Paragraphs of the day, Homer Smith/Ohio State/Ross Fulton edition

From Ross’s great analysis of Ohio State’s offense (and the lack thereof) at Along the Olentangy:

Every primary backfield action needs to threaten all 11 defenders. What a primary play needs is good counter plays. Every defender needs to be worried about the ball coming to his area – on a throwback screen, a reverse, a play-action pass, or whatever – as a play begins.

What makes a defender good is something to read. If he can say to himself something like, “As soon as that quarterback makes that half-assed fake, I’m going to find the tightend coming across and try to get an interception,” if he can read initially and react accurately, he can play over his head. Counters, not mirrored primary plays, keep defenders from reading and jumping on plays.

The quote is of course from the great Homer Smith. Read all of Ross’s analysis here.

  • Anonymous

    Excellent analysis of Ohio State’s offense.

    People talk about this being a year of transition for Ohio State. At this rate, it will be a year of regression for their freshman quarterback, Braxton Miller, who is expected to lead the program back to greatness in a few years.

    It’s a shame. Miller appears to be fairly talented. Too bad the coaches failed to put him in a position to succeed. They didn’t even give him a fighting chance. As a result, Miller’s body and confidence will take more punishment than is typical.

    The (rightful) absence of Tressel likely is part of the problem. But even he was slow to develop the counters that the author describes as woefully lacking now.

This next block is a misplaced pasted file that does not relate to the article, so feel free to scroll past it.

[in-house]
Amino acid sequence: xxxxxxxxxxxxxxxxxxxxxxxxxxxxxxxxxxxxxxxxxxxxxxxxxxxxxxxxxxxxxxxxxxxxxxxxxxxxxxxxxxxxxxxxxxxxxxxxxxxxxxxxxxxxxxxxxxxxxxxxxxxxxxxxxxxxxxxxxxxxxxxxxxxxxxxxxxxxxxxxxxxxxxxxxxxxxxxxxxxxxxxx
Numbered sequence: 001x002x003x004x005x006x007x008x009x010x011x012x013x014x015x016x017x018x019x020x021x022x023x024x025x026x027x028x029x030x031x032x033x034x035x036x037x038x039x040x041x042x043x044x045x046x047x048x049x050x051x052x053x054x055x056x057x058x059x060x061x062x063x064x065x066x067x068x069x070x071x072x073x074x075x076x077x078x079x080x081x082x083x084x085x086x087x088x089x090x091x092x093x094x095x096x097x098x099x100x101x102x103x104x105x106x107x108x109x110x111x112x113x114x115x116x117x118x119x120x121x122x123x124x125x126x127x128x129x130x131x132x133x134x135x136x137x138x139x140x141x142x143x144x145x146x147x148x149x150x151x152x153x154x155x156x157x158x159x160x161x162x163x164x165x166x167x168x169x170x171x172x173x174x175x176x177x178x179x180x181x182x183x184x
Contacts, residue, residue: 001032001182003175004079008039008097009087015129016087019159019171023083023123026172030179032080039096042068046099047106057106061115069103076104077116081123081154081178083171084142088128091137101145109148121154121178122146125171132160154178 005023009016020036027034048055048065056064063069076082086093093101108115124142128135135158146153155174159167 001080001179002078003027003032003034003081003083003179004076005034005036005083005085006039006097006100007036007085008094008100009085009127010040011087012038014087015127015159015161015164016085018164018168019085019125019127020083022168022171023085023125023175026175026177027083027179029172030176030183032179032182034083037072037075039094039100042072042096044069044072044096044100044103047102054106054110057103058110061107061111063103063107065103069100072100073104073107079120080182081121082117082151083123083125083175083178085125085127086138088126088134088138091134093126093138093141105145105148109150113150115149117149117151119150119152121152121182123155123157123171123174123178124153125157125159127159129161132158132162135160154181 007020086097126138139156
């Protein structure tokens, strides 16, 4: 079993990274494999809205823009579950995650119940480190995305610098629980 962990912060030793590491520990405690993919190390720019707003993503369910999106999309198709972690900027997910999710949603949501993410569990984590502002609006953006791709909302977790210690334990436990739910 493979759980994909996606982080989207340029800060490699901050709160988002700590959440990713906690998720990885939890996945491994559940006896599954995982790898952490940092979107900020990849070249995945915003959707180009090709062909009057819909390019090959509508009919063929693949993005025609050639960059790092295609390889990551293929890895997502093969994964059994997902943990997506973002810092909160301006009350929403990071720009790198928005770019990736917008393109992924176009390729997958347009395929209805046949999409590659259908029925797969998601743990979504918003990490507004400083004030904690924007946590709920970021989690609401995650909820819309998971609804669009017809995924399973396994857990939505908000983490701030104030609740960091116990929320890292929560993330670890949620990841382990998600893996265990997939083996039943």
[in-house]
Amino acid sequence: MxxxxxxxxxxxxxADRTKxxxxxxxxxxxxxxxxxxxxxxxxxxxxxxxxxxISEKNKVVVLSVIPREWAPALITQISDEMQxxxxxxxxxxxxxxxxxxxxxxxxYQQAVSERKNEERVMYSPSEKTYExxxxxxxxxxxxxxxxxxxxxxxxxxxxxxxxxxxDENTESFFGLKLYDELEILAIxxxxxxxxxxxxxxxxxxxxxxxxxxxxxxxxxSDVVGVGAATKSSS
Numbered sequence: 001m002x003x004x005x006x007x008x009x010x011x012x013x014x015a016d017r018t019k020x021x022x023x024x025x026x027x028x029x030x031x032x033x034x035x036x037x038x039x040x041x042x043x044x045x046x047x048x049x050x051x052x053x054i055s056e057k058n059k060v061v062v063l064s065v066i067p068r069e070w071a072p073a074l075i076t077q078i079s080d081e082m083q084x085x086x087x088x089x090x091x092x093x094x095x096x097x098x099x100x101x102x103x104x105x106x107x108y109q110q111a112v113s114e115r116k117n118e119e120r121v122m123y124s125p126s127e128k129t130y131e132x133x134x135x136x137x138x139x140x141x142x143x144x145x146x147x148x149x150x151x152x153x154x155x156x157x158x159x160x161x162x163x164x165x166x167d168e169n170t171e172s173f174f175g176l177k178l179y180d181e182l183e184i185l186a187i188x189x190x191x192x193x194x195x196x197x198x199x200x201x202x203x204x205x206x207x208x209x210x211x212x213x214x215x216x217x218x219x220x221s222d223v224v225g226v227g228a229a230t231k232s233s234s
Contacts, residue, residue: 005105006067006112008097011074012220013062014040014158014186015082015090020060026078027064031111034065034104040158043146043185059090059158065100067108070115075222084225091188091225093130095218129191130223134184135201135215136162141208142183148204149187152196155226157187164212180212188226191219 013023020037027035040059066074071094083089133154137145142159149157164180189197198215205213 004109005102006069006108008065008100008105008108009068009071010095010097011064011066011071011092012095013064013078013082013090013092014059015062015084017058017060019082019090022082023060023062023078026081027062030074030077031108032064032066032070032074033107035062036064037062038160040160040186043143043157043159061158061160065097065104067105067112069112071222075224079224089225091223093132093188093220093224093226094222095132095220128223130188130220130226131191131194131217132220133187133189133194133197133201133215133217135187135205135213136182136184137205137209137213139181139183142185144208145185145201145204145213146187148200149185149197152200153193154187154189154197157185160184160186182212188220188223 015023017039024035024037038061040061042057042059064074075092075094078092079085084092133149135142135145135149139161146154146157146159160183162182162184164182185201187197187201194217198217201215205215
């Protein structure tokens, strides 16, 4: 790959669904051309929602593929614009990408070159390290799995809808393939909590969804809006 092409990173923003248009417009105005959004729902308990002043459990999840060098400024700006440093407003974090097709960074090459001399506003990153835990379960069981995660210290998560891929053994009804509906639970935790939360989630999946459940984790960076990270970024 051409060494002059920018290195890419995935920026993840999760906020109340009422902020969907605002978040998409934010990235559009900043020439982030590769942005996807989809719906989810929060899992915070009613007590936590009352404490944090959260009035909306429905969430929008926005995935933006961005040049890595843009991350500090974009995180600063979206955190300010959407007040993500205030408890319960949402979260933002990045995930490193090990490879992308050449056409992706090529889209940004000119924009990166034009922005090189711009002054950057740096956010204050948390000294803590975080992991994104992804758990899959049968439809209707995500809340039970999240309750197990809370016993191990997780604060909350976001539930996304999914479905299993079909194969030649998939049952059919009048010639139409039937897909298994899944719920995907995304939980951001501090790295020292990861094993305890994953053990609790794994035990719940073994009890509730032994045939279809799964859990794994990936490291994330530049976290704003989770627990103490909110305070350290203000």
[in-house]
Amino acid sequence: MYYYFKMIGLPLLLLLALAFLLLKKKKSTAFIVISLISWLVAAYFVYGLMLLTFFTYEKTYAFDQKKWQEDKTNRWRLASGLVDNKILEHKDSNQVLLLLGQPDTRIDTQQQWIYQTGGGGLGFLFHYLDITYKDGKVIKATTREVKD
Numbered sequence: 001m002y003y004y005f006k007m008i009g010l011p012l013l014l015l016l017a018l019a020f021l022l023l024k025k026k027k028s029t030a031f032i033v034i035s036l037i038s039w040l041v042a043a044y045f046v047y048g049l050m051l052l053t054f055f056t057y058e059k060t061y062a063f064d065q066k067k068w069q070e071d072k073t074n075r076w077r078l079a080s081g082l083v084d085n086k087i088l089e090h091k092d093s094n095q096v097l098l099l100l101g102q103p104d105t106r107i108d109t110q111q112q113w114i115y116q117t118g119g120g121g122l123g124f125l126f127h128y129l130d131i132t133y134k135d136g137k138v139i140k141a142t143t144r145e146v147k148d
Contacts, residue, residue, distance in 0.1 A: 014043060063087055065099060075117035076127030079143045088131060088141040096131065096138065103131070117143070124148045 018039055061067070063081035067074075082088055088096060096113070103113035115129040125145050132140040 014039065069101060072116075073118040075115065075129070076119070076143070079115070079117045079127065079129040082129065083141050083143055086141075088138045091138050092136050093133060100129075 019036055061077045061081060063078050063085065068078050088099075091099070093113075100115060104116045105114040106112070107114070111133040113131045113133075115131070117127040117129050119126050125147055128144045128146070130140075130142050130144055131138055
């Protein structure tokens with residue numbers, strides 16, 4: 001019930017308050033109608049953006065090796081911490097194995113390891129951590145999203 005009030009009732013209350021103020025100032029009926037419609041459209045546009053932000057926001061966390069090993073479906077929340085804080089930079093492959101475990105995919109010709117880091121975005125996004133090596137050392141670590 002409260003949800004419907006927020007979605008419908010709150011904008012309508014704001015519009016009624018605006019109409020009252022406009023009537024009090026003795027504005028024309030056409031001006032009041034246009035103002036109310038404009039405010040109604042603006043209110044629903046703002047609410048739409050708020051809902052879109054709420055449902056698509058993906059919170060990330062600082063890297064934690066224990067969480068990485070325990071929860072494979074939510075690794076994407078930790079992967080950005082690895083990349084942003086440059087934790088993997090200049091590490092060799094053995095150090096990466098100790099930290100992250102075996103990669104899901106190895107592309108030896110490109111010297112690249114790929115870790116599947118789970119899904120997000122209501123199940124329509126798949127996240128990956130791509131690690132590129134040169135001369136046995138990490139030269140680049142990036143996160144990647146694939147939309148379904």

The best of Tressel’s offenses relied heavily on the athleticism of Pryor and Troy Smith. In terms of scheme, they were far from special. Urban Meyer and Florida exposed the best of Tressel’s offenses for what it was — a very talented Big Ten offense that was short on sophistication.

    Nor were any of Tressel’s offensive lines as good as 3 or 4 of Wisconsins line’s in the last 12 years or a 2-3 of Penn State’s offensive lines.I do think, however, the Michigan State game was a perfect storm. Not only did see a true freshman QB who never had started and a head coach who’s never been a head coach, the team lost its best blocker, best back and best WR to suspension, and the opponent was coached by a man whose expertise is defense, and who used to be Ohio State’s DC and, IIRC, knows well the tendencies of Ohio State’s none-too-savvy OC.

  • Dave Von Derau

    Ross
    Your points are well taken.  I agree with all of them.  Braxton Miller is talented but he is 18 years old playing in front of 100,00+ fans with a limited play book.  You’ve got to give him a chance to produce!  Stretch the field out.  Other teams are not going to hesitate to come after him.  Our coaching staff acted like it was the first time they had seen a blitz.  They better prepare for stronger defenses that will be charging hard and crashing down because it’s not going to get easier.  There is nothing wrong with our backfield or for that matter with our offensive line.  But with no imagination from the coaching staff……..upcoming Saturdays will be tough to take.
    Dave  (ELK PRIDE!)

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